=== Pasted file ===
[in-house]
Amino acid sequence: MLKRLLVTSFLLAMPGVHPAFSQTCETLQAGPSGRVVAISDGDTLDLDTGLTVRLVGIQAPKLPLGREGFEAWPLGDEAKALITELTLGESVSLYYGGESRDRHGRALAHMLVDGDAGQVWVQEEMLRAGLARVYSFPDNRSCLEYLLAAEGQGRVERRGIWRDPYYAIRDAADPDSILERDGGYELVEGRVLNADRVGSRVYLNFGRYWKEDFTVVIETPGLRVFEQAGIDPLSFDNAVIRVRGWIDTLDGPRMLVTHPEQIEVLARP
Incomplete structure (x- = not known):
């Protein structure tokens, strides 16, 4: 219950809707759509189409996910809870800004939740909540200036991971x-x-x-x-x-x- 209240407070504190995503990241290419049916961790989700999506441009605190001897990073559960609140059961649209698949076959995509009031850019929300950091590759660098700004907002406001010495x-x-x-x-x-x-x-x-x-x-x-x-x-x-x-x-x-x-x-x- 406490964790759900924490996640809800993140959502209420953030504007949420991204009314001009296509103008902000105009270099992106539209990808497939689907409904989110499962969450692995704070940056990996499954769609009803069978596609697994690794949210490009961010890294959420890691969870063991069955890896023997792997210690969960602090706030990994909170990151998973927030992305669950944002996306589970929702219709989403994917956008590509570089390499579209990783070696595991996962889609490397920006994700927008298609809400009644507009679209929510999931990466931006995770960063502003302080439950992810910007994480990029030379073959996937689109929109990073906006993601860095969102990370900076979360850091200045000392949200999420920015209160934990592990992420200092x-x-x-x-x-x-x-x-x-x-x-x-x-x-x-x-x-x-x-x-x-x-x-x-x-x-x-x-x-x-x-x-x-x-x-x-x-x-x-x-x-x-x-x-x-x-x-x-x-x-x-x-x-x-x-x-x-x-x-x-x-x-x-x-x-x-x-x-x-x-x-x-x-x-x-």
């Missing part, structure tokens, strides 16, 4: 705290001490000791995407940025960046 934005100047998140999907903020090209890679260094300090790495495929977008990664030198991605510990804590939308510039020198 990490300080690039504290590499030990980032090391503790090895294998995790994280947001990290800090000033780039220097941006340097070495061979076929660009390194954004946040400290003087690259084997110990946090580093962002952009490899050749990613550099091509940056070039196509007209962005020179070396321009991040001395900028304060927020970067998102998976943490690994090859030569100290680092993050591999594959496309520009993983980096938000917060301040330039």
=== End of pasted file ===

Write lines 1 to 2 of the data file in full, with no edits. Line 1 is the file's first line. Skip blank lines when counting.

[in-house]
Amino acid sequence: MLKRLLVTSFLLAMPGVHPAFSQTCETLQAGPSGRVVAISDGDTLDLDTGLTVRLVGIQAPKLPLGREGFEAWPLGDEAKALITELTLGESVSLYYGGESRDRHGRALAHMLVDGDAGQVWVQEEMLRAGLARVYSFPDNRSCLEYLLAAEGQGRVERRGIWRDPYYAIRDAADPDSILERDGGYELVEGRVLNADRVGSRVYLNFGRYWKEDFTVVIETPGLRVFEQAGIDPLSFDNAVIRVRGWIDTLDGPRMLVTHPEQIEVLARP